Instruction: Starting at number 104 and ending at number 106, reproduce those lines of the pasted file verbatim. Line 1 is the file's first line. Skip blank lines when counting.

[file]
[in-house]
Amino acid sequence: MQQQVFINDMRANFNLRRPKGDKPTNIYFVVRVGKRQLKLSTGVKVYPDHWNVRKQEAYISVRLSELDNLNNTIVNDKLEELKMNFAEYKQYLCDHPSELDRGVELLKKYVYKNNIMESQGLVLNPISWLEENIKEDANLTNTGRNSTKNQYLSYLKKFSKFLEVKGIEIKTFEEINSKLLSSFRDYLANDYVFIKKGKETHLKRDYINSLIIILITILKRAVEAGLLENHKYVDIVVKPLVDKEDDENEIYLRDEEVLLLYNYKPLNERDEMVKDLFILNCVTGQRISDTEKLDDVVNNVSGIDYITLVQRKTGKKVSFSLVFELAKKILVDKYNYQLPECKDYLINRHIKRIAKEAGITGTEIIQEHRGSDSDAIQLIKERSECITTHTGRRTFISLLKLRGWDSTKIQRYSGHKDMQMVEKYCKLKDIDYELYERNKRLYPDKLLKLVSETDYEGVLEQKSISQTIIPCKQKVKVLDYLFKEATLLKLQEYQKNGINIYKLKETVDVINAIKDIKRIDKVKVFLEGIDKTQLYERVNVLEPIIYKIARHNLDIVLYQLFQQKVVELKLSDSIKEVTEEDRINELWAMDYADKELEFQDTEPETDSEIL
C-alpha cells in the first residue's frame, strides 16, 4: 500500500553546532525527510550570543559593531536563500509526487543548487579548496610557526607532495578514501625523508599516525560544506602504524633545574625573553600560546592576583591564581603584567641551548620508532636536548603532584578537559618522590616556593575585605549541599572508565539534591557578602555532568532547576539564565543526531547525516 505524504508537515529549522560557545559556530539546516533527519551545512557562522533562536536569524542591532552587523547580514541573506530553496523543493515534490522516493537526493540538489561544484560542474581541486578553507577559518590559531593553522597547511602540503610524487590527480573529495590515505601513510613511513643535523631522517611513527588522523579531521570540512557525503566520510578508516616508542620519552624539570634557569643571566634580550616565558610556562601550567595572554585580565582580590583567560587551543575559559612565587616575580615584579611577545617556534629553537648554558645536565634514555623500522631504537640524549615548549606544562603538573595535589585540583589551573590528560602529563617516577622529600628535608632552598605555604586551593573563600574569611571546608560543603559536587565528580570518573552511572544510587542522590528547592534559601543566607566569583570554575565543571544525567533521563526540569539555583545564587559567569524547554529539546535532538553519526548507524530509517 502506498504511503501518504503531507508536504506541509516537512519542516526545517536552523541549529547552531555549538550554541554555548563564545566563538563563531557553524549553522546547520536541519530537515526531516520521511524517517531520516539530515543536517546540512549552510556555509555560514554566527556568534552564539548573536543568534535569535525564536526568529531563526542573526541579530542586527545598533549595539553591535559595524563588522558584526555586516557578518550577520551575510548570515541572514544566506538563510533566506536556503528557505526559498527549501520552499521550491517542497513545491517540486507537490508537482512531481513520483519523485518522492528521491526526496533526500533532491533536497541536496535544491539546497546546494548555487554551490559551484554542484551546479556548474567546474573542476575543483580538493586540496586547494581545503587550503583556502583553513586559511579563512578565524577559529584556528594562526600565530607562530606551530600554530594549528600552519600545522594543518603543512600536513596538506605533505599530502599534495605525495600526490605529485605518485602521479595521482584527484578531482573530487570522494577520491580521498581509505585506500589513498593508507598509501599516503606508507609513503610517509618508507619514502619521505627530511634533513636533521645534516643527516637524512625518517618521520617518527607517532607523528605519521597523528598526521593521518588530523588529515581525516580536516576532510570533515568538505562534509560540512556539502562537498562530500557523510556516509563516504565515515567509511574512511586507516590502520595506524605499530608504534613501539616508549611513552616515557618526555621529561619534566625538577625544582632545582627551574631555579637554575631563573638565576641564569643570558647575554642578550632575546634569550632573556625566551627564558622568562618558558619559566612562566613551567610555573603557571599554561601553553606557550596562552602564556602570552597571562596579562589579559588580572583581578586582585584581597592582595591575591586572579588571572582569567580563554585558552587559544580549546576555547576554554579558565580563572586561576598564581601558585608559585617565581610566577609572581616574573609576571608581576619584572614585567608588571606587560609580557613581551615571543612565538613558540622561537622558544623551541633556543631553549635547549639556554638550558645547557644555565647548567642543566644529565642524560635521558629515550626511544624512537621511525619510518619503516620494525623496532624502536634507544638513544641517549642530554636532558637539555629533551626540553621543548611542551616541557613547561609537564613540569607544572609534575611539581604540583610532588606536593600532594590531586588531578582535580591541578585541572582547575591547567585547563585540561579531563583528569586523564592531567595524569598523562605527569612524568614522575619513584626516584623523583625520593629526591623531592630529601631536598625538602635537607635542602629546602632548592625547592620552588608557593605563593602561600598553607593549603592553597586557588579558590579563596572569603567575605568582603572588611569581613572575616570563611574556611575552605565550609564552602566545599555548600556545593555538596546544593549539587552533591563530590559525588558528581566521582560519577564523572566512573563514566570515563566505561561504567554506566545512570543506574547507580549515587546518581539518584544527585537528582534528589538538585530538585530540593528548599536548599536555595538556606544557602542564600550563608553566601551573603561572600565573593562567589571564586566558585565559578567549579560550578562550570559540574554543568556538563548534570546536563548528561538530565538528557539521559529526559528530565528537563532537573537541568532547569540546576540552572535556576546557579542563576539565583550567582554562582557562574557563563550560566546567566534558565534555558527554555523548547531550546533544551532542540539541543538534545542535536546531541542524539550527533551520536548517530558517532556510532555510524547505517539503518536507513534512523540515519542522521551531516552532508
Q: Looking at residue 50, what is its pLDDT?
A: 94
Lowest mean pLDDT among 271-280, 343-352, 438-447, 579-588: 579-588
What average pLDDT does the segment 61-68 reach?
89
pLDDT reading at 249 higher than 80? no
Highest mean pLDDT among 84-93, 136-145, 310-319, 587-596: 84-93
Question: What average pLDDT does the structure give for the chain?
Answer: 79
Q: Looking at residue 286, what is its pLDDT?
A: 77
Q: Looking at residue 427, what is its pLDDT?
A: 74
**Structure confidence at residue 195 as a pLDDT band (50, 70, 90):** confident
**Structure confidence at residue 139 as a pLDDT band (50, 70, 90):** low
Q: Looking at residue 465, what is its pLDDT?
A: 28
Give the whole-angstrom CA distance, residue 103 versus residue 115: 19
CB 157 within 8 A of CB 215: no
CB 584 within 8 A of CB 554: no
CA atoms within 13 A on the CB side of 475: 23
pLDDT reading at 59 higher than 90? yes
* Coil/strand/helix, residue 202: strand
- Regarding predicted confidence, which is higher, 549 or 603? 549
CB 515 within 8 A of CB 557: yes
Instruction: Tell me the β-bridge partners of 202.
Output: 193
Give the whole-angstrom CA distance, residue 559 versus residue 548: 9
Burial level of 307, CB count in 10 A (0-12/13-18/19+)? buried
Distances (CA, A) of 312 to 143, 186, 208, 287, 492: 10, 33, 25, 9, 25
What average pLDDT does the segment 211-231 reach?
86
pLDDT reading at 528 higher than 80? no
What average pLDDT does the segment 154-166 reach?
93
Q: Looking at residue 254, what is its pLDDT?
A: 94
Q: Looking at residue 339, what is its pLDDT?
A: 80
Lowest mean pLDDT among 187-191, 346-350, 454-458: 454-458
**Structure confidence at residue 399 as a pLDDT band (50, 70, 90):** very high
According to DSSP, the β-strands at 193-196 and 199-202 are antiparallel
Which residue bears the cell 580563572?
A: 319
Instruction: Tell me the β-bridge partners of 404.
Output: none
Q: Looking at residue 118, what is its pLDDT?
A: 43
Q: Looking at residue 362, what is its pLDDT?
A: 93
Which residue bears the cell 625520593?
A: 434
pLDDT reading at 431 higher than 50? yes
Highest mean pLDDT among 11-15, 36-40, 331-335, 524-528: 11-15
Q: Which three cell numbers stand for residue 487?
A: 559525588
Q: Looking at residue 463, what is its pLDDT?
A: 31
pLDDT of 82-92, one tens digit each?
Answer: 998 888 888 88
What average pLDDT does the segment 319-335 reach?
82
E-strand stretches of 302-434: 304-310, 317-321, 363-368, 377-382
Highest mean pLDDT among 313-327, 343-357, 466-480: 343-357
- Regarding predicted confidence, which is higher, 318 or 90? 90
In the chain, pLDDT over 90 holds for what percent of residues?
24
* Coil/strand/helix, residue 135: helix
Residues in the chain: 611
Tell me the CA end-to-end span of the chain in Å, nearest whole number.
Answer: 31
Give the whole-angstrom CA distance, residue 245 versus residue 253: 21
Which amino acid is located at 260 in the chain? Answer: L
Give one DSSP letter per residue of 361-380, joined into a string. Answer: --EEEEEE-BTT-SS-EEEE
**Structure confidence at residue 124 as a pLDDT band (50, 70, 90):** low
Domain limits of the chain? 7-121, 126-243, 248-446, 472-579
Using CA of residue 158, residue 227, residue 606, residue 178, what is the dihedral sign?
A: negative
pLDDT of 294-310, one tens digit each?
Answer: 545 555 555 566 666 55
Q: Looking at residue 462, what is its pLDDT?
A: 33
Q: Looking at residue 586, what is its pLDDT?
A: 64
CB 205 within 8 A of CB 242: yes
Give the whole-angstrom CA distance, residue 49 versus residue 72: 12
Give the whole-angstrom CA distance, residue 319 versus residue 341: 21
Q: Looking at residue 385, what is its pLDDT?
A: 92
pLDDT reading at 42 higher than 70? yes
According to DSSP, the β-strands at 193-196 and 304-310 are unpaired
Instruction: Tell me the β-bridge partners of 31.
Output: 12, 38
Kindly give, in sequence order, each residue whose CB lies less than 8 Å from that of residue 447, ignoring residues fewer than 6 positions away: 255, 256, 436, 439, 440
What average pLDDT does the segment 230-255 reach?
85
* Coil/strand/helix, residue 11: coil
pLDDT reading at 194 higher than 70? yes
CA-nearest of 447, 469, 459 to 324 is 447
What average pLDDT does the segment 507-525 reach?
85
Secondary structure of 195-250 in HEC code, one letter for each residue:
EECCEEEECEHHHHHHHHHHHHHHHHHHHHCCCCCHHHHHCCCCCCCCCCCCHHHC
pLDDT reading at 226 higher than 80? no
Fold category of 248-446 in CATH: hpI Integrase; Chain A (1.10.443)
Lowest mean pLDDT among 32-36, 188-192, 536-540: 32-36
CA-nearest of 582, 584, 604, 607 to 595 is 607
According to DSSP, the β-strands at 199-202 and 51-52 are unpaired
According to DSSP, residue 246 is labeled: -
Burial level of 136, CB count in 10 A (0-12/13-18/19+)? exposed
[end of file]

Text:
85
Secondary structure of 195-250 in HEC code, one letter for each residue:
EECCEEEECEHHHHHHHHHHHHHHHHHHHHCCCCCHHHHHCCCCCCCCCCCCHHHC